Bay Area's chilly temperatures to be followed by rain later this week

San Jose winter homelessness

Bay Area residents can expect the frigid nighttime and morning temperatures to continue through at least Wednesday.

The National Weather Service (NWS) San Francisco Bay Area said that a frost advisory remained in effect from midnight to Wednesday morning at 9 a.m.

The weather service said that temperatures dipping down to as low as 33 degrees will result in frost formation.

The frost advisory covered regions including the North Bay and East Bay Interior Valleys, the East Bay Hills, and the Southern Santa Clara Valley.

The NWS warned the cold temperatures put unhoused populations at risk and advised people take the necessary precautions to protect themselves and stay warm overnight. "These temperatures are extremely hazardous to unsheltered populations. Protect people, pets, plants, and pipes from the cold!" the weather service said on Twitter.

SEE ALSO: Homeless advocates in North Bay open cold weather shelters

Temperatures were expected to rise again on Thursday, but the frigid conditions would be followed by a double storm system. 

The first system was expected to hit after 5 p.m. on Thursday with rain continuing on and off through Friday morning. 

The forecast showed most areas would receive less than an inch of rain, but some mountain regions could see as much as 1.5 inches.

The second system was then expected to hit late Saturday and into Sunday, with generally light rainfall anticipated, according to the NWS.

Experts said the region would see far less impact from the rain than the previous series of powerful storms in late December and earlier this month.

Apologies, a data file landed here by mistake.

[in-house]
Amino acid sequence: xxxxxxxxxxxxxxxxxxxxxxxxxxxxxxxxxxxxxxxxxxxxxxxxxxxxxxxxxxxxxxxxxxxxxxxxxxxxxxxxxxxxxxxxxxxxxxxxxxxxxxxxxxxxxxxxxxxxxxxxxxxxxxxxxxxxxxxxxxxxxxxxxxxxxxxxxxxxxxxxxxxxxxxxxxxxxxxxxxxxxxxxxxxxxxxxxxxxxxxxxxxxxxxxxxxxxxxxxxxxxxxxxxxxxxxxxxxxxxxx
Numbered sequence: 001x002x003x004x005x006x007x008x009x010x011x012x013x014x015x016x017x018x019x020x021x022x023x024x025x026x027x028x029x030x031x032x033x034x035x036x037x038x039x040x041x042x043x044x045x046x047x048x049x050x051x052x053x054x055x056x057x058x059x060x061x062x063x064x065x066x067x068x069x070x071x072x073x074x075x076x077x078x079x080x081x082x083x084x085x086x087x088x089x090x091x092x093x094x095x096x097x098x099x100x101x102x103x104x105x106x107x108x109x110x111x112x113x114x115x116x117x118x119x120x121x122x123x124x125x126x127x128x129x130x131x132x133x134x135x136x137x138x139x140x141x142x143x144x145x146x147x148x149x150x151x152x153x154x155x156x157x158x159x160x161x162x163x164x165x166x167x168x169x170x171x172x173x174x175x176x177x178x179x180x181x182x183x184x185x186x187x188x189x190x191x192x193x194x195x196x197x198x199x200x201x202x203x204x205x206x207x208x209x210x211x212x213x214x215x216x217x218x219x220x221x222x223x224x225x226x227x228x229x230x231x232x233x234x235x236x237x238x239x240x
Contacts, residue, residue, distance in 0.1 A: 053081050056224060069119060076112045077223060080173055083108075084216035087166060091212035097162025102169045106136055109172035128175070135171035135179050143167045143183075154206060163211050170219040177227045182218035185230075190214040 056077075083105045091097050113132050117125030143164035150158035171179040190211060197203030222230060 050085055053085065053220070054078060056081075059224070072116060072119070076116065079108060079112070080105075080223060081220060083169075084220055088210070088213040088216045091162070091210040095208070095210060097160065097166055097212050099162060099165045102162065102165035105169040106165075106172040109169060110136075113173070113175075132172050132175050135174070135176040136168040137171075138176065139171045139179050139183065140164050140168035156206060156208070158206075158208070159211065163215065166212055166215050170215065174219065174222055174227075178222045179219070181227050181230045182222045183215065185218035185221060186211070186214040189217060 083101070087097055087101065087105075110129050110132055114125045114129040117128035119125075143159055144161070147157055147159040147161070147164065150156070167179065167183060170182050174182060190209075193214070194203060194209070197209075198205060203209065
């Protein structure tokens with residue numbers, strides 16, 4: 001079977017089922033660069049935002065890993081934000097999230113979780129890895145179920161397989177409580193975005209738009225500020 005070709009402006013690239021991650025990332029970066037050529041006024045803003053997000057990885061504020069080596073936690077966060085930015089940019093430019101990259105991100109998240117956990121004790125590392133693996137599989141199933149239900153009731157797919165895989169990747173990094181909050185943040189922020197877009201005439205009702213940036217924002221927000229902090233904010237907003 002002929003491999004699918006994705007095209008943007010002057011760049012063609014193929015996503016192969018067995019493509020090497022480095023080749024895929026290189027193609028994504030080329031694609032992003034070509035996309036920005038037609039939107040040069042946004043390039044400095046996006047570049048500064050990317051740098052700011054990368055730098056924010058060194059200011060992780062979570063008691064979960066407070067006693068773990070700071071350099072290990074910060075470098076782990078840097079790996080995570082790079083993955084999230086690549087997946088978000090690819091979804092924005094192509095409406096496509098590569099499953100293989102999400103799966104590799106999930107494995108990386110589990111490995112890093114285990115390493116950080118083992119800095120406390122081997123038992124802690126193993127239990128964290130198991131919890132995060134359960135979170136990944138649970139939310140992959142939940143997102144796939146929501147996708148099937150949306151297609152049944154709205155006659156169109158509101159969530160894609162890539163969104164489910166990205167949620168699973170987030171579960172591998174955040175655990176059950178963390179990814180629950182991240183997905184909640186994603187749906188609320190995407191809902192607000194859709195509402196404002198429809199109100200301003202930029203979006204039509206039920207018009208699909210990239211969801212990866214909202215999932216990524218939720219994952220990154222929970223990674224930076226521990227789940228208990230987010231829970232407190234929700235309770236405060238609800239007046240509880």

A car is submerged under an overpass in Oakland. Jan. 4, 2023

"Soils are still quite wet but have had a two-week drying period," said National Weather Service meteorologist Alexis Clouser. "We're not concerned with any flooding or anything like that. The totals for these next storms are quite low compared to what we saw in early January," Clouser added.

The recent storms have meant a boon for snow levels in the Sierra.

New figures from the UC Berkeley Central Sierra Snow Lab showed snowfall has already hit 100% of its annual average, with fresh powder over the weekend adding to the impressive totals.

On Monday, the research field station reported, "A fresh 3" (7.5 cm) of new #snow over the last 24 hours takes our season total to 360" (914 cm, 30 feet)! For reference, we average* 360" of snowfall per year and we've made it to that mark with several months left."

Researchers crossed their fingers that the momentum will keep going, saying, "Now, we need the storm window to stay open."

Bay City News contributed to this report.